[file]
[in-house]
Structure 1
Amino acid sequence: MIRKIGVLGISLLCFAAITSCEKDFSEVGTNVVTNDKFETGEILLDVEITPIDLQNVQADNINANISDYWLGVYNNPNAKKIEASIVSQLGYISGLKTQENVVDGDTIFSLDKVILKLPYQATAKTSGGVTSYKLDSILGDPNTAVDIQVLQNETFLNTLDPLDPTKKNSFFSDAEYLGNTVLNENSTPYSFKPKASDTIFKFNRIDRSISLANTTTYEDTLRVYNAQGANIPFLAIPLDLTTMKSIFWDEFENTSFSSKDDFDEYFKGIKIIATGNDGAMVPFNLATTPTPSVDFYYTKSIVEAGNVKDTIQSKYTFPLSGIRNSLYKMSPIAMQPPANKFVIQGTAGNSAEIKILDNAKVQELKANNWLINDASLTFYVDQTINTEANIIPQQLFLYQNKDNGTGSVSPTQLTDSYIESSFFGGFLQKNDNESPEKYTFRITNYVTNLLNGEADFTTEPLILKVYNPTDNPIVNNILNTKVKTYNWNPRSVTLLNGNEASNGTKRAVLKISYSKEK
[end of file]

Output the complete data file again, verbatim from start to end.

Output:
[in-house]
Structure 1
Amino acid sequence: MIRKIGVLGISLLCFAAITSCEKDFSEVGTNVVTNDKFETGEILLDVEITPIDLQNVQADNINANISDYWLGVYNNPNAKKIEASIVSQLGYISGLKTQENVVDGDTIFSLDKVILKLPYQATAKTSGGVTSYKLDSILGDPNTAVDIQVLQNETFLNTLDPLDPTKKNSFFSDAEYLGNTVLNENSTPYSFKPKASDTIFKFNRIDRSISLANTTTYEDTLRVYNAQGANIPFLAIPLDLTTMKSIFWDEFENTSFSSKDDFDEYFKGIKIIATGNDGAMVPFNLATTPTPSVDFYYTKSIVEAGNVKDTIQSKYTFPLSGIRNSLYKMSPIAMQPPANKFVIQGTAGNSAEIKILDNAKVQELKANNWLINDASLTFYVDQTINTEANIIPQQLFLYQNKDNGTGSVSPTQLTDSYIESSFFGGFLQKNDNESPEKYTFRITNYVTNLLNGEADFTTEPLILKVYNPTDNPIVNNILNTKVKTYNWNPRSVTLLNGNEASNGTKRAVLKISYSKEK